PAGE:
In “I Love My Home”, the ecstatic figure of the “Er Bun” on the sofa created the image of “Ge You lying” beyond the classic.
The laziness of the second bastard is ridiculous. However, now that we see people like this again, it may be worth ruling out the following diagnoses: depression, hypothyroidism… and “chronic fatigue syndrome”.
Image source: Xintuwang
So, fatigue can also be a disease?
Chronic Fatigue Syndrome (CFS), also known as Myalgic Encephalomyelitis (ME), is a complex disease of unknown etiology. (ME/CFS). Its main symptoms include: unexplained fatigue that persists for at least 6 months, worsens with physical or mental activity, and does not improve with rest. Other symptoms include: cognitive dysfunction, orthostatic intolerance, or gastrointestinal disturbances, among others. At present, the medical community believes that the disease may be caused by multiple factors such as virus, immunity, nerve, and spirit. So far, there is no single laboratory test result that can be used for the diagnosis of ME/CFS. The clinical history is mainly based on medical history and exclusion of other diseases.
In July of this year, researchers from Columbia University, University of California, Davis and other institutions collaborated to discover the potential of “chronic fatigue syndrome” in plasma through metabolomic analysis Disease biomarkers. The research was published in the special issue Metabolomics in Health and Disease of the International Journal of Molecular Sciences.
Chronic Fatigue Syndrome was officially named Myalgic Encephalomyelitis/Chronic Fatigue Syndrome (ME/CFS) in 2015, redefining the diagnostic criteria. It is estimated that the disease affects 0.4-2.5% of the global population. Among them, the prevalence of females is much higher than that of males.
ME/CFS is a chronic disabling disease that, in addition to fatigue, is often accompanied by memory loss, difficulty concentrating, muscle and joint pain, cognitive difficulties, chronic and severe Symptoms such as weakness and collapse. ME/CFS not only reduces the quality of life of patients, but also imposes a huge burden on society.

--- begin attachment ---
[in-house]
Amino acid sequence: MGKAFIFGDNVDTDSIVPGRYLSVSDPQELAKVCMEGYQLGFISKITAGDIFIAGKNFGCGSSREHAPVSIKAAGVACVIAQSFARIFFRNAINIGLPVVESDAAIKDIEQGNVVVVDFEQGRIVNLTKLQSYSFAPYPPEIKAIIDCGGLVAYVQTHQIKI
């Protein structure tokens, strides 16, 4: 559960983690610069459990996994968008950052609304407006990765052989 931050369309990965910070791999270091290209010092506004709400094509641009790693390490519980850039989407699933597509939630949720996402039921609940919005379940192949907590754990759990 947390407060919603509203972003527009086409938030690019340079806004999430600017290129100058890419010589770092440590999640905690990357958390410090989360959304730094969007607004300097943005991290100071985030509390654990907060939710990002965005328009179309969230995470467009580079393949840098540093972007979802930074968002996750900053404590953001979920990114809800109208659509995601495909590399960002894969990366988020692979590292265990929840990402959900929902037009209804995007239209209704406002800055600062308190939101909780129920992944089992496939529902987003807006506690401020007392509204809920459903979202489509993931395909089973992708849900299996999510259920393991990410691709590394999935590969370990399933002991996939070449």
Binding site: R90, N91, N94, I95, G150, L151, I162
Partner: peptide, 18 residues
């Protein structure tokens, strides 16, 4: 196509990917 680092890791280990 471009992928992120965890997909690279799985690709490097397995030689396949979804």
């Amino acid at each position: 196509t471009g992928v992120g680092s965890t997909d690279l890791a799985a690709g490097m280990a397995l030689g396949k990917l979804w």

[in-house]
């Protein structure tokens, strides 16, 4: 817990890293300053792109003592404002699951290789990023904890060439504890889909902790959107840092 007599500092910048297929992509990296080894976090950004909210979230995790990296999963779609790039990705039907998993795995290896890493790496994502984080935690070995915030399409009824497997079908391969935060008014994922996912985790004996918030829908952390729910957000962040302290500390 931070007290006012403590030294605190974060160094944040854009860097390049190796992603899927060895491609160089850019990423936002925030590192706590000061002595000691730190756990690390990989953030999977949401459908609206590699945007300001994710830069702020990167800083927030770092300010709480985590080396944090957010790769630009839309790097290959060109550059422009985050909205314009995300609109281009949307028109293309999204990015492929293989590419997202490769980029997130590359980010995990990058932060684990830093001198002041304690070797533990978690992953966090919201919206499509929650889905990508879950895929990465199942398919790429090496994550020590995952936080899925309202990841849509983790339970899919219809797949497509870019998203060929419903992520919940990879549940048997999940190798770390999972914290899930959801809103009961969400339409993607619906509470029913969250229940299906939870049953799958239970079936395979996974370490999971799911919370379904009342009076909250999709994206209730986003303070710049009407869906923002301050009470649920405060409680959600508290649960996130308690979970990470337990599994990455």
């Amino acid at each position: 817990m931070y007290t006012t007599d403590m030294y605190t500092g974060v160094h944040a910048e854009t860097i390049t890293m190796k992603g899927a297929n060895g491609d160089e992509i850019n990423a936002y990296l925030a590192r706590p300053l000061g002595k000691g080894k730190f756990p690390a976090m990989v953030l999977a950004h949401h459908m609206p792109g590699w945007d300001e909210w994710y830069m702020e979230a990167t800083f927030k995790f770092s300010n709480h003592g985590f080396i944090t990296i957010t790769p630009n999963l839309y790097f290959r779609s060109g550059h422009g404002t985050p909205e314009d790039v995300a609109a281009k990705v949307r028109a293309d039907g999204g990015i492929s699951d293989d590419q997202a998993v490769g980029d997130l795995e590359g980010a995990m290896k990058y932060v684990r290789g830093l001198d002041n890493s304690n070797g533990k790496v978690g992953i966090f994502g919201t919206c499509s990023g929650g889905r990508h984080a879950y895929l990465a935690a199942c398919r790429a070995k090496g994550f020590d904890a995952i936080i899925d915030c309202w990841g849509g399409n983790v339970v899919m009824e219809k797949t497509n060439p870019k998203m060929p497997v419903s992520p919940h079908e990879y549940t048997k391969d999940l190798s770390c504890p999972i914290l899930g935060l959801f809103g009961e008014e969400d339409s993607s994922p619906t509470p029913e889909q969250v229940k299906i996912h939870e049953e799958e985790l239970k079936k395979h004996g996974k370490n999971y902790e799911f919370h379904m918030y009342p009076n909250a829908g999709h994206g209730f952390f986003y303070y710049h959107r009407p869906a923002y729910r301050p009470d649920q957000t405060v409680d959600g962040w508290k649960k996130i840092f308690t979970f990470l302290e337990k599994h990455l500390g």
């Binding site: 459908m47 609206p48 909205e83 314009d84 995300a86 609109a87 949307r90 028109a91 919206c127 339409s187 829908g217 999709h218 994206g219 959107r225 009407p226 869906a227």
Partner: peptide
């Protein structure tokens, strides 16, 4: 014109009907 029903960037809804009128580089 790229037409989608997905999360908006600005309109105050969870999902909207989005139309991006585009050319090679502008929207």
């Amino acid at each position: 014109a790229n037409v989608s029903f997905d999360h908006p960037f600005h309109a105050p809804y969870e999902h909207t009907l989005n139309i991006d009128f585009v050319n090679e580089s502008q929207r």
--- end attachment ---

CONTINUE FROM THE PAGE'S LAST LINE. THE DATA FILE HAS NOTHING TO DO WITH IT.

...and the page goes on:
The etiology and pathogenesis of ME/CFS are unclear, but there are significant body dysfunctions. Studies have shown that patients with ME/CFS have immune dysfunction, inflammation, and autoimmune symptoms, including cytokines, differences in NK cell function, or T cell responses.
At present, there are also a large number of related metabolomics studies, which prove that ME/CFS patients have disorders of energy, lipid, amino acid and redox metabolism. There were also gender differences in metabolic dimensions and plasma biomarkers, with women being more severely affected.
To determine changes in metabolomic profiles among ME/CFS patients and gender subgroups and controls, researchers collected 106 ME/CFS patients and 91 ME/CFS patients from 5 US cities. Samples from healthy controls were analyzed for 888 metabolic analytes in plasma.
Their findings suggest that peroxisomal metabolism, CDP-choline pathway and tricarboxylic acid cycle are dysregulated in ME/CFS patients.
Through a series of statistical analysis methods, the researchers found that compared with the control group, the levels of plasmalogen, carnitine, phosphatidylcholine, and sphingomyelin in the ME/CFS group were significantly lower, and the levels of dicarboxylate were significantly reduced. Acid levels were significantly elevated.
In the case of plasmalogens, they protect phospholipid and lipoprotein particles from oxidative stress and related damage, and maintain the structural integrity of cell membranes. The reduction of plasmalogen is also a typical feature of neurodegenerative diseases such as Alzheimer’s disease and Parkinson’s disease. At the same time, it is also related to metabolic diseases and aging.
To identify biomarkers of ME/CFS, researchers explored 3 sets of predictors and 5 different machine learning models. Using a machine learning model, the investigators were able to distinguish ME/CFS or ME/CFS subgroups from controls with area under the receiver operating characteristic curve (AUC) values up to 0.873.
Our findings suggest that a series of interconnected metabolic changes may be responsible for the pathogenesis of ME/CFS:
● Decreased levels of plasmalogens, unsaturated phospholipid ethers, and carnitine, indicating peroxisomal dysfunction;
● Decreases in choline and phosphatidylcholine levels indicateDysregulation of the CDP-choline pathway also provides evidence for the hypothesis of lipid remodeling;
● Elevated levels of dicarboxylic acids, especially alpha-ketoglutarate and succinic acid, two tricarboxylic acid cycle intermediates, The blocked carboxylic acid cycle does not produce sufficient adenosine triphosphate (ATP), which may partly explain the physical and cognitive fatigue in ME/CFS patients.
Not only that, but the lead author of the article, Dr. Xiaoyu Che, Assistant Professor of the Department of Biostatistics at Columbia University School of Public Health, said, “Currently, the effects of Long-COVID and ME/CFS are The symptoms are very similar, and it cannot be ruled out that there is a serious overlap between the two diseases in terms of pathogenesis. The metabolomics study of ME/CFS can also lay the foundation for future research on the sequelae of COVID-19.”
This study not only contributes to the exploration of the pathology of ME/CFS, but also lays a foundation for the possible laboratory diagnosis of ME/CFS. At the same time, this research direction will also allow more medical practitioners and the public to have a more comprehensive understanding of the disease.
Writing | Viewing sir
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